Whether for bird-watching, whale-watching, hunting, or sporting events, a good pair of binoculars is essential to bring you closer to the action. Optics quality can vary considerably, but some models provide surprisingly good clarity for a low price. Cheapism.com identified high-performing binoculars under $100 for a variety of activities. Our top picks include both full-size and compact binoculars. We also homed in on some of the best binoculars for kids, a couple of monoculars, and a pair of cheap opera glasses.
Binocular Brands.Most binocular manufacturers offer products at a variety of price points. Popular brands in the Cheapism range include Bushnell, Tasco, Barska, Celestron, Simmons, Vortex, and Olympus, which also sell more expensive binoculars. Expect to pay a premium for binoculars from Zeiss, Nikon, Leupold, Leica, and Canon, which often cost hundreds of dollars; some models run well over $1,000.
Binocular Magnification and Objective Lens.The numbers typically included in binocular model names refer to the magnification and the size of the objective lens (the lens at the front, farthest from the eye), measured in millimeters. For example, 10x50 binoculars have a magnification of 10x and an objective lens diameter of 50 mm.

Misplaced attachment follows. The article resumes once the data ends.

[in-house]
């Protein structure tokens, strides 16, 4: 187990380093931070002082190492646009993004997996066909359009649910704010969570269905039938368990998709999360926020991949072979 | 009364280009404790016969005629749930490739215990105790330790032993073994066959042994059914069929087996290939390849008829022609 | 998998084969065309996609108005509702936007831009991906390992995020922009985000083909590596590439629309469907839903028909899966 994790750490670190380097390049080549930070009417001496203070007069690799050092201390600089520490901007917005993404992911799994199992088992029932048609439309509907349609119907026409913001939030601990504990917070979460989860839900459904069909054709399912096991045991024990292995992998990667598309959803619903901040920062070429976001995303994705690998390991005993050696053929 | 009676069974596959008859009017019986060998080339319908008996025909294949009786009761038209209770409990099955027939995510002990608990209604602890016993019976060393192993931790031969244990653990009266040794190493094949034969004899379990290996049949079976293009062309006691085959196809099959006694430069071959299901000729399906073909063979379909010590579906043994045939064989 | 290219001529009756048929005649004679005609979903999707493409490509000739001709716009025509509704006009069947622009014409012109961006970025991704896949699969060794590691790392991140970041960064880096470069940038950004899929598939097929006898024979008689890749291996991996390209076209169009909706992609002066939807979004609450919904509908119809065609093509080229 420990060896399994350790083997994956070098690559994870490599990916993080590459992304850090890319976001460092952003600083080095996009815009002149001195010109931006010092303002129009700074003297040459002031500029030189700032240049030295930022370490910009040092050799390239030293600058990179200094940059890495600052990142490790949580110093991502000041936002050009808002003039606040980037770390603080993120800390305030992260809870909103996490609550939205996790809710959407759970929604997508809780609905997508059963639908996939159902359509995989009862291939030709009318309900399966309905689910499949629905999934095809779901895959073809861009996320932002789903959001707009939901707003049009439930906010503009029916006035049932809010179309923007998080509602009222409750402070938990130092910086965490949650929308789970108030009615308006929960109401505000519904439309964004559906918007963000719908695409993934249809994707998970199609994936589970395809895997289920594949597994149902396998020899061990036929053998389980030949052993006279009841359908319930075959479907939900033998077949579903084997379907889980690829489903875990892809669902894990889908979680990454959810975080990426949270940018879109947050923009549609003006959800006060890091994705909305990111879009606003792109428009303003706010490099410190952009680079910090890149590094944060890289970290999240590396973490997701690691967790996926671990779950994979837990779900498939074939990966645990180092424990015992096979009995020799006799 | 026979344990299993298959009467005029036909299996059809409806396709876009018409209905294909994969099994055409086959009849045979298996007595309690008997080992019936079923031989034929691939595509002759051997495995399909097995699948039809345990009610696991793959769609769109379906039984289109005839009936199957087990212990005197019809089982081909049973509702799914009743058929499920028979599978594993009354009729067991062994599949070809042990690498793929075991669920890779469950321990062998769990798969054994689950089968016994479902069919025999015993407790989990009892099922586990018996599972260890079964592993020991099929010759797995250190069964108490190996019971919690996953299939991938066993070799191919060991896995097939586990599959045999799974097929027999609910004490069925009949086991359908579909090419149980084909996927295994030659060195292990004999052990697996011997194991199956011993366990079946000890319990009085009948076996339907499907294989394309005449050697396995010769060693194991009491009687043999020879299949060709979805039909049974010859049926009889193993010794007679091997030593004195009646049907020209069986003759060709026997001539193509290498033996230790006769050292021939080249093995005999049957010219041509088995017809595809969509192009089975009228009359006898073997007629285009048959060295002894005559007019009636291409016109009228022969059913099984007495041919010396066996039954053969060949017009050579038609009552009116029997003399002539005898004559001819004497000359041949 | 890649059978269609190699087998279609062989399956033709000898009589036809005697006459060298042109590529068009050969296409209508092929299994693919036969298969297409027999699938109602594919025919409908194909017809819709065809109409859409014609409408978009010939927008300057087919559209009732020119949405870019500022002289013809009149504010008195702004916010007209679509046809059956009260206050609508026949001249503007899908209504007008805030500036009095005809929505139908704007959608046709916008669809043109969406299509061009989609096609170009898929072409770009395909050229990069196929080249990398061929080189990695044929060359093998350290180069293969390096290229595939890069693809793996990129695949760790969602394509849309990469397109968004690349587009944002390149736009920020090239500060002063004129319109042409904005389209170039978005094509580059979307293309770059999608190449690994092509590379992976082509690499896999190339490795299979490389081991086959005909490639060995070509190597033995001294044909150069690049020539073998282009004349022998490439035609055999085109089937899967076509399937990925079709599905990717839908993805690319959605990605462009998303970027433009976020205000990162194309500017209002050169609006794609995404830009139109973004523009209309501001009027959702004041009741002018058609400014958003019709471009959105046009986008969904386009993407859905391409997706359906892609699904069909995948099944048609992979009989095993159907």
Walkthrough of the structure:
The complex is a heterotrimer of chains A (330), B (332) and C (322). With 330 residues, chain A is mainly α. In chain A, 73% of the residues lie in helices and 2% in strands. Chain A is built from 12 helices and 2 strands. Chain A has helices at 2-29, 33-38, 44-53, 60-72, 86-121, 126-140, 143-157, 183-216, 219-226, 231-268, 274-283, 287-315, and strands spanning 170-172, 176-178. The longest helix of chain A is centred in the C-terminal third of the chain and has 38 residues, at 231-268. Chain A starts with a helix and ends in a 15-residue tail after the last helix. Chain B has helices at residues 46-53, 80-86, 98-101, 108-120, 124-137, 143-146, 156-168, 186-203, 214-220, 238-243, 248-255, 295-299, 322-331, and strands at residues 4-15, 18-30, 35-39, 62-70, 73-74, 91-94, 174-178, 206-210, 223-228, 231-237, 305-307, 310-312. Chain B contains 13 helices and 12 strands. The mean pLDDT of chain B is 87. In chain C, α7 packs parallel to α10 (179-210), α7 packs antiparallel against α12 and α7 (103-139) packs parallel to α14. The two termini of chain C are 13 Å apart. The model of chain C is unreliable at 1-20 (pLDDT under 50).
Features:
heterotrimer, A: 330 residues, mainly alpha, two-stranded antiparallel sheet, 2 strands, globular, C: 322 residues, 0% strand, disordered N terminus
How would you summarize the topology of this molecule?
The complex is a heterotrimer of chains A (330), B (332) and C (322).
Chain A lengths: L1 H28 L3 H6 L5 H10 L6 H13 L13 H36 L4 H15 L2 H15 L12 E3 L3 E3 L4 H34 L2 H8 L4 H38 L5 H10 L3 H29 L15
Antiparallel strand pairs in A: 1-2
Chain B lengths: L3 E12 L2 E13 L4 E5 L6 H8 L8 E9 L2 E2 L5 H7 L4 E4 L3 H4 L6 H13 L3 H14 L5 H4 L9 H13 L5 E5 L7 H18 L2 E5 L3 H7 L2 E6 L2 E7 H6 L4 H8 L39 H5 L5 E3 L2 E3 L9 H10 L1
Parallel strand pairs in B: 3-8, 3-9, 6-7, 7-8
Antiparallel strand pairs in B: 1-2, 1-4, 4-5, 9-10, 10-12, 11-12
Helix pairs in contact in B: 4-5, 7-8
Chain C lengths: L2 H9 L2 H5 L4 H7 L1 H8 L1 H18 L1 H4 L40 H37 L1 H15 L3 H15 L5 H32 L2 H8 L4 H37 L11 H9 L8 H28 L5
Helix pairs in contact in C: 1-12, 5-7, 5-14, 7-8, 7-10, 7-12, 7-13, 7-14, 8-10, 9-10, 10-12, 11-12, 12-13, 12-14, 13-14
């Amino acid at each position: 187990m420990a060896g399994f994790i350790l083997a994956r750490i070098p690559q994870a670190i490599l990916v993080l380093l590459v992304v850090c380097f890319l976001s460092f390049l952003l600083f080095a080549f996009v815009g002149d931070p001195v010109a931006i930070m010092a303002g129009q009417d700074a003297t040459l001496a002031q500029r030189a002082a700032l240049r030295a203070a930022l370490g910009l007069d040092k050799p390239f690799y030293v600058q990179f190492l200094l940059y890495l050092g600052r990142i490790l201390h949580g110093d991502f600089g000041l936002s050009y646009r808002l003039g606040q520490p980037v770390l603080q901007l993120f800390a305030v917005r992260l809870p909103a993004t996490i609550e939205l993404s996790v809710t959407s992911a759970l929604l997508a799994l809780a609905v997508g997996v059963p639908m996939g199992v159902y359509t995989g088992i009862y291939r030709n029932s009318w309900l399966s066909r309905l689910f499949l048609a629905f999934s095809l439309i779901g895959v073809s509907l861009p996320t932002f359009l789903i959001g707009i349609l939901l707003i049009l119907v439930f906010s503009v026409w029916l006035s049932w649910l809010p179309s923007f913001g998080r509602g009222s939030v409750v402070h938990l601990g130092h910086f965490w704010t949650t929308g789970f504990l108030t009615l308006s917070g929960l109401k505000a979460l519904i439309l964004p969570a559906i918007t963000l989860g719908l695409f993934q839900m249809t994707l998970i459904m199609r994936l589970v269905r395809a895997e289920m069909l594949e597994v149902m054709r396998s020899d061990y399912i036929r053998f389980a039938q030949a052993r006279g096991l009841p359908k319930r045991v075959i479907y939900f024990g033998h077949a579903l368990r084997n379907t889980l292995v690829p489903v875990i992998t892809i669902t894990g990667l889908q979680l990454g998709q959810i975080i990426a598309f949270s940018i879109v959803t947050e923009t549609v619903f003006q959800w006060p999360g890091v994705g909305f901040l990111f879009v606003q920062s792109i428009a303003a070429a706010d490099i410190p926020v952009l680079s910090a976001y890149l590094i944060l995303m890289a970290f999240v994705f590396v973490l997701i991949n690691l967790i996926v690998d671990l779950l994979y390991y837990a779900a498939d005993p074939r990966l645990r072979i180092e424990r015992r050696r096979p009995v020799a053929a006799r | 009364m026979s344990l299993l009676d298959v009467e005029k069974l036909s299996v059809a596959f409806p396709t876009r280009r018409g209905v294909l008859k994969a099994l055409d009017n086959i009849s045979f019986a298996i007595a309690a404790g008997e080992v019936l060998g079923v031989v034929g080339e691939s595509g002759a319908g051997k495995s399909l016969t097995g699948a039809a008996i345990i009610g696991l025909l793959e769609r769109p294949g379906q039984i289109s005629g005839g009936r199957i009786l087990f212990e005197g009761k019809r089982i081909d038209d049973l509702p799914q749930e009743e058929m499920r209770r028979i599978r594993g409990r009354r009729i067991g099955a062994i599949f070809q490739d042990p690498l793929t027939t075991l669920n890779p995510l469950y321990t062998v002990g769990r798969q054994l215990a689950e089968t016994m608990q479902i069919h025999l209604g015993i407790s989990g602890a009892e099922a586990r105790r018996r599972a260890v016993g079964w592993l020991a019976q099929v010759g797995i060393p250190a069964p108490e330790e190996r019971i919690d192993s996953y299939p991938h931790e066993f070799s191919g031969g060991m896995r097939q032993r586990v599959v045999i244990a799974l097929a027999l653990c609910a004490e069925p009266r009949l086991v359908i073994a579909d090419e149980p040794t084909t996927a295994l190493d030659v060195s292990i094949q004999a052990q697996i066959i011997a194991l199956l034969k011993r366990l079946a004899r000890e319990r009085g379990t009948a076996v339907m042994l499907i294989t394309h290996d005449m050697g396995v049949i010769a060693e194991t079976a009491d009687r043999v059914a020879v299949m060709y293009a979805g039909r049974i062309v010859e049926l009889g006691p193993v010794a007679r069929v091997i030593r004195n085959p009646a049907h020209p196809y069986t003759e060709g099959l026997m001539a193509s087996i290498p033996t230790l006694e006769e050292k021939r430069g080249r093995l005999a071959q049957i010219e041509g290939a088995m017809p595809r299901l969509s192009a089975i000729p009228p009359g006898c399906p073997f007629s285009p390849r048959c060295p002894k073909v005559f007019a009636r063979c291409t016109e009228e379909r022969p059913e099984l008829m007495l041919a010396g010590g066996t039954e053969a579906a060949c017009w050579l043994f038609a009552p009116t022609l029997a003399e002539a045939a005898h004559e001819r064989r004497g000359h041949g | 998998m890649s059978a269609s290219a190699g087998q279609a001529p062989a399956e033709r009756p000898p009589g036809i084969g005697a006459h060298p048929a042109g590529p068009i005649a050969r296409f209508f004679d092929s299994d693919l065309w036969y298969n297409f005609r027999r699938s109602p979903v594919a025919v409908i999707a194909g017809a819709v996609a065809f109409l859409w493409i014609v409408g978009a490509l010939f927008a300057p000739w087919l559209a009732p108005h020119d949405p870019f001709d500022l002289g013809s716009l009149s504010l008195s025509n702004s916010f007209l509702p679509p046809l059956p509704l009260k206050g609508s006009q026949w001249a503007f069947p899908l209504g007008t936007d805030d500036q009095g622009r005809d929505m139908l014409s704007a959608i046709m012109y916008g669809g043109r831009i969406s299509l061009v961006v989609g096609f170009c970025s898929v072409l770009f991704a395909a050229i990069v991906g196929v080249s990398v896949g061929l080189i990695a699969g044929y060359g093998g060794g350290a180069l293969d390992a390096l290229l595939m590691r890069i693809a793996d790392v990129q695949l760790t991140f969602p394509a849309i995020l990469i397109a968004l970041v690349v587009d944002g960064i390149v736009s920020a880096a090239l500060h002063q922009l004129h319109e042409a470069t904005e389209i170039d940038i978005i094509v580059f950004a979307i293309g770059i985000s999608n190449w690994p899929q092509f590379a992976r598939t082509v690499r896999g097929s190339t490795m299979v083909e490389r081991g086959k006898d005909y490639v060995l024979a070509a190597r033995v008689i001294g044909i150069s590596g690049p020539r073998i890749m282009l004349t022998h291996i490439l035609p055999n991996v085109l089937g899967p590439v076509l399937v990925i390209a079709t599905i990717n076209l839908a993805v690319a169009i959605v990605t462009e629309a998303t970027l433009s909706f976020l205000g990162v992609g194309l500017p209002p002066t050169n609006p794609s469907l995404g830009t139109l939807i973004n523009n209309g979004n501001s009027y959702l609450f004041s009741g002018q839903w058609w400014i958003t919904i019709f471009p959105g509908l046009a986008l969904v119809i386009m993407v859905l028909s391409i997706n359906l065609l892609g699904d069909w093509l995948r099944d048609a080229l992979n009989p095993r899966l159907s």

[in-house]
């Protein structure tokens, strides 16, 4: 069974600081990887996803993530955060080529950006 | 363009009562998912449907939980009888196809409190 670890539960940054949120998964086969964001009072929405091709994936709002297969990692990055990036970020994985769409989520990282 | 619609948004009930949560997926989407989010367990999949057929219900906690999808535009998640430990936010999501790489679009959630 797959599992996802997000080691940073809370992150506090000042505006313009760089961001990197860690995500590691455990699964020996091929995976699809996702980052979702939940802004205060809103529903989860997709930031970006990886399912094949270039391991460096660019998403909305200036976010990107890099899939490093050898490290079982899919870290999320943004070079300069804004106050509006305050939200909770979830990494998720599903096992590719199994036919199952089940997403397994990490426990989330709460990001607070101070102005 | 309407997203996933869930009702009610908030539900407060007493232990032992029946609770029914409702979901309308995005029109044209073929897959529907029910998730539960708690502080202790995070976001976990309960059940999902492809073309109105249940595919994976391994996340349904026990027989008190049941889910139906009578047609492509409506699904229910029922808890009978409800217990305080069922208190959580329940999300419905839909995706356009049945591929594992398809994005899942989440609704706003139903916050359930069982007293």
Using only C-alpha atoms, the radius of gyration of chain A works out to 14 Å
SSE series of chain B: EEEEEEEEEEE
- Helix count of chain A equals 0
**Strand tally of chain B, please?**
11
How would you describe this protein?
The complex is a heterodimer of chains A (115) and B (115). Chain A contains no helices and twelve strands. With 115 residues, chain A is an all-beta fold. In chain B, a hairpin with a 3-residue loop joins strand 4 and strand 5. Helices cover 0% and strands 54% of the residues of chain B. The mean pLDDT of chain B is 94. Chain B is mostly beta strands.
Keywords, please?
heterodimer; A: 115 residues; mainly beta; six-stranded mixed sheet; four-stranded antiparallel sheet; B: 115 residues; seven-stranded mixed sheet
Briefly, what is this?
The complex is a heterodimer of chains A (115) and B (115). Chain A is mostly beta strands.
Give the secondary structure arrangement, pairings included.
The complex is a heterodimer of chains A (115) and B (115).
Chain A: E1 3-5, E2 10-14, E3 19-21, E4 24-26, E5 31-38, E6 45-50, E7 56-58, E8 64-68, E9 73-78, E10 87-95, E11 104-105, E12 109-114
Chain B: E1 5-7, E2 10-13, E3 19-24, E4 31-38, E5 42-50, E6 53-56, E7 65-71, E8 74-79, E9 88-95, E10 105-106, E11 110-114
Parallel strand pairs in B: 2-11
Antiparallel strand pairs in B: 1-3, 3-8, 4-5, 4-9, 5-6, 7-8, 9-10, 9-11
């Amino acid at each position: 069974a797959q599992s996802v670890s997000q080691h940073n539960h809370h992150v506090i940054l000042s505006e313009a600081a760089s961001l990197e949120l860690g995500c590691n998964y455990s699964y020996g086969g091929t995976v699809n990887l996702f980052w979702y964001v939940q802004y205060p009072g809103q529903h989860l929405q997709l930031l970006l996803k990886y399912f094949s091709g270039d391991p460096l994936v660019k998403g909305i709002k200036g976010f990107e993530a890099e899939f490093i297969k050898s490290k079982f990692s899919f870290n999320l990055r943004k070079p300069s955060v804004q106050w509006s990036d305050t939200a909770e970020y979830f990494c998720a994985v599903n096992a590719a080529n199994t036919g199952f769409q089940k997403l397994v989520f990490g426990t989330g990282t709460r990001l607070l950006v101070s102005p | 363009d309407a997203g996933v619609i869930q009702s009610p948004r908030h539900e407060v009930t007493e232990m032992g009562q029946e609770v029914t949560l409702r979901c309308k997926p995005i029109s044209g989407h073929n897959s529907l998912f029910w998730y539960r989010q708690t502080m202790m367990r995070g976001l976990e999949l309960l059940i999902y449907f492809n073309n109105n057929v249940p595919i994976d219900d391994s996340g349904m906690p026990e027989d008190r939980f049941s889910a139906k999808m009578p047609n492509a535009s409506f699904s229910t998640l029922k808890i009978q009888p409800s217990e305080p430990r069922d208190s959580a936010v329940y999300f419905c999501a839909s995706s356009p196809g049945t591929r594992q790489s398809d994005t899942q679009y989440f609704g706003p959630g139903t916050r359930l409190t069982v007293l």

Magnification refers to how much larger a distant object will appear, or how much closer it will seem to you. With 10x magnification, objects appear 10 times closer than they actually are (so an object 200 feet away appears as if it's 20 feet away). For most outdoor activities, such as bird-watching or sightseeing, 7x or 8x is appropriate. Higher magnifications can be useful for hunting, or seeing precisely where a target was hit at a shooting range. But the higher the magnification, the smaller the field of view (more on that below) and the more difficult it is to hold the binoculars steady. For activities such as opera or theater, a lower magnification, such as 3x or 4x, is often preferable.
Binoculars with higher magnifications also require more light to display a sharp, clear image. The size of the objective lens determines how much light is collected. The greater the diameter of the lens, the more light comes in, and the brighter the image appears. This makes large objective lenses useful for spotting faint celestial objects while stargazing, for example, and in other low-light situations. But if you want compact binoculars that are small and light enough to stuff in a pocket or bag and hold for long periods, look for objective lenses of 28 mm or less. Most of the models on our list come in several configurations with different magnifications and objective lens diameters, albeit at different prices.